Only 3 EMR Vendors Had a Net Gain in Contracts in 2013 | Healthcare Informatics Magazine | Health IT | Information Technology Skip to content Skip to navigation

Only 3 EMR Vendors Had a Net Gain in Contracts in 2013

June 27, 2014
by Gabriel Perna
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Epic, Cerner, and MEDITECH were the only three electronic medical record (EMR) system vendors that won more contracts than they lost in 2013, according to a new research report from KLAS.

KLAS, the Orem, Utah-based research company, looked at the EMR trends in both large (more than 200 beds) and small (200 or less beds) acute-care hospitals. What they found was a market that is increasingly dominated by the Verona, Wisc.-based Epic Systems, which took a combined 60 percent of the “wins” in 2013. Specifically, the vendor won 62 small hospital contracts and 45 big hospital contracts, KLAS found. Epic only lost six total contracts.

Cerner had a pretty good year as well. The Kansas City-based company doubled their new wins from the previous year. They won 56 small hospital contracts and 31 large hospital contracts. They lost only eight contracts. Westwood, Mass.-based MEDITECH was the third company with a net gain, although by not as much. They won 41 and lost 29.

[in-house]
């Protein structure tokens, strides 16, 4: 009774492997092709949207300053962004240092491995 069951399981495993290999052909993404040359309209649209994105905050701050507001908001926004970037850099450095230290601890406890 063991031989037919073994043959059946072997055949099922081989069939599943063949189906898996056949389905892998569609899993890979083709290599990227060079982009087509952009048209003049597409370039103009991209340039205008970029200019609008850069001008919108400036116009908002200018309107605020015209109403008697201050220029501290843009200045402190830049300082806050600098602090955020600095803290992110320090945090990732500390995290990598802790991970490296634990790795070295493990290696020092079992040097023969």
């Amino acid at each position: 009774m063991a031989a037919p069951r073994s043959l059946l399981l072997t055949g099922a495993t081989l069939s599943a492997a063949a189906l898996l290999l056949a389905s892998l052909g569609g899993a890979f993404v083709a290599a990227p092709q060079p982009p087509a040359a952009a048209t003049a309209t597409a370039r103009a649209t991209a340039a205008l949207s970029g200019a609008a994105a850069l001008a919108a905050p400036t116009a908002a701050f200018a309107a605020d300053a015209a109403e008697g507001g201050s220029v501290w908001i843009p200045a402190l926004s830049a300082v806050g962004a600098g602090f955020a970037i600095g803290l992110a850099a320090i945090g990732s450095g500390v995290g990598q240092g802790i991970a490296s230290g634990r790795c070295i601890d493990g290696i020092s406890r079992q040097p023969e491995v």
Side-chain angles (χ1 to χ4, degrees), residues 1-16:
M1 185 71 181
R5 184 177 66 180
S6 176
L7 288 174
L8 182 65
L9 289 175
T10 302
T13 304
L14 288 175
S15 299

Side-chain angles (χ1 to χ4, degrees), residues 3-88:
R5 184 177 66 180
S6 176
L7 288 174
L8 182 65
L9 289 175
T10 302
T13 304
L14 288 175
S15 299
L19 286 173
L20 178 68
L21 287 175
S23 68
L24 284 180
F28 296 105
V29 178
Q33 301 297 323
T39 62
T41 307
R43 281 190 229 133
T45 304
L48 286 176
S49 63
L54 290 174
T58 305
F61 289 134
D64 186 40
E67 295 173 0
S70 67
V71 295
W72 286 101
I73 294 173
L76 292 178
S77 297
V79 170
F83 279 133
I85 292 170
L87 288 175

Epic, Cerner, and MEDITECH have a few traits that are allowing them to be more successful than the competitor. Their systems appeal to both large and small customers and are integrated. However, Epic stands alone, the report notes, because they had a larger percentage of completely new customers, whereas many of Cerner and MEDITECH’s new contracts were just add-ons to existing customers.

KLAS notes that small hospital contracts have basically fallen in half since 2010, from 392 to 219. "EMR vendors that cater to smaller facilities are feeling the pinch and saw a decrease in wins across the board," report author Colin Buckley said in a statement. "It is simply getting increasingly difficult for small-facility vendors to compete with their larger-facility counterparts."

This will likely affect small-hospital vendors like Mobile, Ala.-based CPSI, Minneapolis-based Healthland, and Plano, Texas-based MedHost. Those vendors are facing the reality of a consolidated health system market, top-tier vendors shifting their strategies to appeal to smaller hospitals, and mid-tier vendors being squeezed out and competing for the smaller pieces of the dwindling pie.  

Another challenge noted in the report is that the upswing in EMR system sales caused by the meaningful use mandates is abating, Buckley says in the report. Further, the report notes how the meaningful use requirements have made it hard for smaller vendors to keep up development needs.

The biggest losses, however, came for McKesson which gained 36 contracts but lost a whopping 70. Siemens only won 12 contracts and lost 17. Companies like McKesson, MEDITECH, and Healthland have the largest percentage of legacy systems in hospitals and will likely face further contract turnover. Most hospitals with a legacy system that upgraded, switched to a new vendor in 2013, including 42 of McKesson’s Horizon customers.

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